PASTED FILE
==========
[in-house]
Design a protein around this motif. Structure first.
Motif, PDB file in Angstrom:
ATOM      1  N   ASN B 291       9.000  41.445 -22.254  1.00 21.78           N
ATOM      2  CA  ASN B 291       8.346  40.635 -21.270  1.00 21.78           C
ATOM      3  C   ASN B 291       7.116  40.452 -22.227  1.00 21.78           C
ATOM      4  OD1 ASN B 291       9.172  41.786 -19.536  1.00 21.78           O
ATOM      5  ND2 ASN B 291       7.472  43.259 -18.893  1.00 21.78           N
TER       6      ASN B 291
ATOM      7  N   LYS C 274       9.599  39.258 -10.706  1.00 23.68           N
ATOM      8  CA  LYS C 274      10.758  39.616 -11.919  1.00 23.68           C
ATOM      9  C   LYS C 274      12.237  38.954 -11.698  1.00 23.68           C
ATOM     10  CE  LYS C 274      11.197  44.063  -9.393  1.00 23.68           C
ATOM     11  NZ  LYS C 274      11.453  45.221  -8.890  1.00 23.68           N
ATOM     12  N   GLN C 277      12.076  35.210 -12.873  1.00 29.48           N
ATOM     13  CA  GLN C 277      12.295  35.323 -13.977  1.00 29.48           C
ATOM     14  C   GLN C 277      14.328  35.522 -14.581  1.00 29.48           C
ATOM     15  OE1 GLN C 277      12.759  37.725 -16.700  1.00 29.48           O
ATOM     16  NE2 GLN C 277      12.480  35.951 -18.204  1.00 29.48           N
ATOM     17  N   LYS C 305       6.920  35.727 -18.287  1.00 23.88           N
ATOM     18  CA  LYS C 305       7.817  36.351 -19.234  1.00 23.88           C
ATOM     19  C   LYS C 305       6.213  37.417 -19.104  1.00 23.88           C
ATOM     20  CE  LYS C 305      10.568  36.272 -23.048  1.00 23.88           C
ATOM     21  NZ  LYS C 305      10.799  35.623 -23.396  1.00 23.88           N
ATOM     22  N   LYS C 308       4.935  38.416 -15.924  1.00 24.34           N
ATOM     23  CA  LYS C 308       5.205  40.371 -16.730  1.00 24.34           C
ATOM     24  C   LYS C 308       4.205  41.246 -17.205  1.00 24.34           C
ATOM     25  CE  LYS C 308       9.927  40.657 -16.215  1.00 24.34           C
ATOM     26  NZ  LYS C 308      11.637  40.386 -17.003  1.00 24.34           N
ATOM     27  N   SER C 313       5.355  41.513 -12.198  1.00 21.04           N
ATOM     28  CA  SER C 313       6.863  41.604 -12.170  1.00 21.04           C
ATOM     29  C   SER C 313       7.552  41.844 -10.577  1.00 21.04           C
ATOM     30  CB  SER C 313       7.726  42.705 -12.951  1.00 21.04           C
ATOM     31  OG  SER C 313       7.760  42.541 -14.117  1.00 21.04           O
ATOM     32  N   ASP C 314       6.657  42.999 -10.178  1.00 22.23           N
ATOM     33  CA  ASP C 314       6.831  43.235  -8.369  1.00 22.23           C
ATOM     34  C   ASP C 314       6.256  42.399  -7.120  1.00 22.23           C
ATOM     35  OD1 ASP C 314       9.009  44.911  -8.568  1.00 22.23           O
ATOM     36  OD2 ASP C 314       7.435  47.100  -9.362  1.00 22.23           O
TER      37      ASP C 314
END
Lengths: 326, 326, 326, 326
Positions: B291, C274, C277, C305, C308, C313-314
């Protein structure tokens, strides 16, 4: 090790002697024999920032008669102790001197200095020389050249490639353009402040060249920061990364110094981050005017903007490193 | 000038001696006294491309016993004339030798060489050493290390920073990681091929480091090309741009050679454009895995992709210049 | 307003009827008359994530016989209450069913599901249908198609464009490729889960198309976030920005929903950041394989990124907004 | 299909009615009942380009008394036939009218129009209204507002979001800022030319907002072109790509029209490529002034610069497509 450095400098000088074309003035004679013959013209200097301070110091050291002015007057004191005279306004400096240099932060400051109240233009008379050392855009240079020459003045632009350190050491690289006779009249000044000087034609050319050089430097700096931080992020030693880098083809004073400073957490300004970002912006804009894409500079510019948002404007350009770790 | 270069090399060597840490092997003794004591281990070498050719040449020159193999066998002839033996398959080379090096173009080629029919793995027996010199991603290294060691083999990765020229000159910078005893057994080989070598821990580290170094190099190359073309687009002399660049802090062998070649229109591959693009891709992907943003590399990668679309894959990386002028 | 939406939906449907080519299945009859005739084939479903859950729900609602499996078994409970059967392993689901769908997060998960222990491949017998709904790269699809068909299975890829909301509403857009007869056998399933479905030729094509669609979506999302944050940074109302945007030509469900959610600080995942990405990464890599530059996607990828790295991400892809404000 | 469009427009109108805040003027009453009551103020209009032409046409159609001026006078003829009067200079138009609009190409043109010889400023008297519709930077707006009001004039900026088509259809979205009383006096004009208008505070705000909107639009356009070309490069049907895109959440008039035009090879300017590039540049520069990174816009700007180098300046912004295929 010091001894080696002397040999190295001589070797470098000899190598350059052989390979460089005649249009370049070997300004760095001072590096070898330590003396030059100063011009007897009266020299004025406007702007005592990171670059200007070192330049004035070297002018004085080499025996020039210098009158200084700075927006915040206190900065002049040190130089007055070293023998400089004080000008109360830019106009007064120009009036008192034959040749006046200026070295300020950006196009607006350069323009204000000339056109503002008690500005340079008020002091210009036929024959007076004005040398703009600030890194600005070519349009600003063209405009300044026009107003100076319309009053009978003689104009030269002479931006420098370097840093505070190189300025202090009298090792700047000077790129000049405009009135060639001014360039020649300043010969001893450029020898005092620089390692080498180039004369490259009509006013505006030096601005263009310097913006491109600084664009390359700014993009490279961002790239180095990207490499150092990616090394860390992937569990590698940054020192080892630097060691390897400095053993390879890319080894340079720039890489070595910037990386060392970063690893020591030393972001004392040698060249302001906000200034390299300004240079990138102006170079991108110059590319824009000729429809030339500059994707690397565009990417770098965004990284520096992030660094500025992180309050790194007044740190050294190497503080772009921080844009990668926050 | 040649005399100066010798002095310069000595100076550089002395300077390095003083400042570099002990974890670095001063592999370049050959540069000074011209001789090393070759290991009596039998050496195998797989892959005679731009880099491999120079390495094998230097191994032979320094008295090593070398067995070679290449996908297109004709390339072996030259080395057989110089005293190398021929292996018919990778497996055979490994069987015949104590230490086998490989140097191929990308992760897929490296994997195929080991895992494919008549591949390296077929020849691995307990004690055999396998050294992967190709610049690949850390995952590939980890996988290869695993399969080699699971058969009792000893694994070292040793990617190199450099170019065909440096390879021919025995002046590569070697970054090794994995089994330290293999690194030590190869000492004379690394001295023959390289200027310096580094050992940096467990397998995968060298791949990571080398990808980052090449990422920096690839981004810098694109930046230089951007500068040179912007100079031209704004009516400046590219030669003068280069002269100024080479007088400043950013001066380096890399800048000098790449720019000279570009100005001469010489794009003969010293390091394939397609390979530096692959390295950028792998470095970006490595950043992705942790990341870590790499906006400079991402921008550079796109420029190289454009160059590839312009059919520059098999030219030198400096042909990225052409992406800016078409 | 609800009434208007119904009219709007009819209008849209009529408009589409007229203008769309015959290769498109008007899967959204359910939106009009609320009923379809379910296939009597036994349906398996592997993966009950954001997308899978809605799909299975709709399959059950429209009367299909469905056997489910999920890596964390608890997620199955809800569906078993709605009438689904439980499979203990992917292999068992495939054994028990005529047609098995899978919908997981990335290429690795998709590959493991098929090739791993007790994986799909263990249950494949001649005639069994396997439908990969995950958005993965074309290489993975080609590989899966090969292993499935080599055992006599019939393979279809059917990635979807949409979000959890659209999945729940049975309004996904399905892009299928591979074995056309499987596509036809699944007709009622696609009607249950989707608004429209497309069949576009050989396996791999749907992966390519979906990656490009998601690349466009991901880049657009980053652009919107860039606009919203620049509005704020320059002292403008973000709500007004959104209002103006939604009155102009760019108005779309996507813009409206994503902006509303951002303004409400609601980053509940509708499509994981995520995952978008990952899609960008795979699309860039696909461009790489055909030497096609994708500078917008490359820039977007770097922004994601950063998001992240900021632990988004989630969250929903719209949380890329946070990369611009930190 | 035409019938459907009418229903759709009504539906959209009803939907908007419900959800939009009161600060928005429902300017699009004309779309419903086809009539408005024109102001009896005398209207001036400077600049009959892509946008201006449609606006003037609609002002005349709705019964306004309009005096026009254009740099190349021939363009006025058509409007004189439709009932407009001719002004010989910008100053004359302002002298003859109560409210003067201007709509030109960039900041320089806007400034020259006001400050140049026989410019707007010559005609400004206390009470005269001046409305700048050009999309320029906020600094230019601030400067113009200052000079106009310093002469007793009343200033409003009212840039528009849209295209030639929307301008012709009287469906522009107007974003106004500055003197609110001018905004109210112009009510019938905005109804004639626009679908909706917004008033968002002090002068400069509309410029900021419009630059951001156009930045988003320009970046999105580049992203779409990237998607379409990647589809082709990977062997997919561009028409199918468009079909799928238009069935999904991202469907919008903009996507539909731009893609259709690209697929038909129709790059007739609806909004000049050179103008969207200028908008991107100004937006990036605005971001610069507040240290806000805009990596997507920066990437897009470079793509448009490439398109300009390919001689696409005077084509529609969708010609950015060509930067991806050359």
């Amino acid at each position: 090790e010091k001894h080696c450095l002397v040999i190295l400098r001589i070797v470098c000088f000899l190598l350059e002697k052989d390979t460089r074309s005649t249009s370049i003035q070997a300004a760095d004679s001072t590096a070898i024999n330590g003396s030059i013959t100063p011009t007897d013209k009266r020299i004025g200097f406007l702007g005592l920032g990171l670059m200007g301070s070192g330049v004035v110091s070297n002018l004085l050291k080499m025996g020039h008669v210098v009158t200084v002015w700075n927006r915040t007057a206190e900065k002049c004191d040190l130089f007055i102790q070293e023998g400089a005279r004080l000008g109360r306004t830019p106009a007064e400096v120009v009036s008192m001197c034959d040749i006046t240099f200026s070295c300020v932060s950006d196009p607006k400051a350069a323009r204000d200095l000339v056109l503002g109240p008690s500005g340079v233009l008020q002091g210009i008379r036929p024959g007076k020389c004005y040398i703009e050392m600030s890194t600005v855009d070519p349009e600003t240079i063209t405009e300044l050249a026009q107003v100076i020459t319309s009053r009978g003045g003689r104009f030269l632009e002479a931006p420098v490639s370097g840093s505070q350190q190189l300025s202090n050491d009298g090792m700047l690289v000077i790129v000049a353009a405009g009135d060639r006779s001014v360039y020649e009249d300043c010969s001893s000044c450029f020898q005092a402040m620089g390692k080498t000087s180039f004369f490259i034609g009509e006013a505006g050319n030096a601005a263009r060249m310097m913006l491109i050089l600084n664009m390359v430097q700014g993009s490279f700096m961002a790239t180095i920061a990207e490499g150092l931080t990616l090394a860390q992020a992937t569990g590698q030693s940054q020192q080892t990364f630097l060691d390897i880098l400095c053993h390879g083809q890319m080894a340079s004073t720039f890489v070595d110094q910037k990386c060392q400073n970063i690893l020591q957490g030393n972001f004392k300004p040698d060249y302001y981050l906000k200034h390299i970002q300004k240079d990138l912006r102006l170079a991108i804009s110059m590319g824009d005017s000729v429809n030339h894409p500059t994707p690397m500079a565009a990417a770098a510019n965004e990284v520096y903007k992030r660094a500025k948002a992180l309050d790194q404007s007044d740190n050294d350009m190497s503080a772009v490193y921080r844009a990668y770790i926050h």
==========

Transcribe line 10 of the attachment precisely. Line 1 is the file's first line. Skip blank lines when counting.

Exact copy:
ATOM      7  N   LYS C 274       9.599  39.258 -10.706  1.00 23.68           N